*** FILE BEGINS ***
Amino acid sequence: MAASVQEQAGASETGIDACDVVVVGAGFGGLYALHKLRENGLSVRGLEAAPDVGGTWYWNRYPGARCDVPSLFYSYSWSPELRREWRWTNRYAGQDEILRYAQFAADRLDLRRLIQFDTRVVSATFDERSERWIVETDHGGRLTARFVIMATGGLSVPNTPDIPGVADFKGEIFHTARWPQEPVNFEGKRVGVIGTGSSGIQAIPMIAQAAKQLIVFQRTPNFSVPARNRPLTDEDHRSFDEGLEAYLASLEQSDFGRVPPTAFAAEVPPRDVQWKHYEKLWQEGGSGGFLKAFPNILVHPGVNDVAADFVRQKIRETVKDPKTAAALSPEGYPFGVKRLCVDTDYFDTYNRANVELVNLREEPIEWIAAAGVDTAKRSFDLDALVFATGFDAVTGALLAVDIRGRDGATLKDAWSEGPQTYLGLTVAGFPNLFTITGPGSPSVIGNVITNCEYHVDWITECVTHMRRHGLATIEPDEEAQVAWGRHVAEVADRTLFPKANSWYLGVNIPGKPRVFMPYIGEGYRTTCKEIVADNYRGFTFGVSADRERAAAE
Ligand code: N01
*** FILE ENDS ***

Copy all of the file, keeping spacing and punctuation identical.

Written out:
Amino acid sequence: MAASVQEQAGASETGIDACDVVVVGAGFGGLYALHKLRENGLSVRGLEAAPDVGGTWYWNRYPGARCDVPSLFYSYSWSPELRREWRWTNRYAGQDEILRYAQFAADRLDLRRLIQFDTRVVSATFDERSERWIVETDHGGRLTARFVIMATGGLSVPNTPDIPGVADFKGEIFHTARWPQEPVNFEGKRVGVIGTGSSGIQAIPMIAQAAKQLIVFQRTPNFSVPARNRPLTDEDHRSFDEGLEAYLASLEQSDFGRVPPTAFAAEVPPRDVQWKHYEKLWQEGGSGGFLKAFPNILVHPGVNDVAADFVRQKIRETVKDPKTAAALSPEGYPFGVKRLCVDTDYFDTYNRANVELVNLREEPIEWIAAAGVDTAKRSFDLDALVFATGFDAVTGALLAVDIRGRDGATLKDAWSEGPQTYLGLTVAGFPNLFTITGPGSPSVIGNVITNCEYHVDWITECVTHMRRHGLATIEPDEEAQVAWGRHVAEVADRTLFPKANSWYLGVNIPGKPRVFMPYIGEGYRTTCKEIVADNYRGFTFGVSADRERAAAE
Ligand code: N01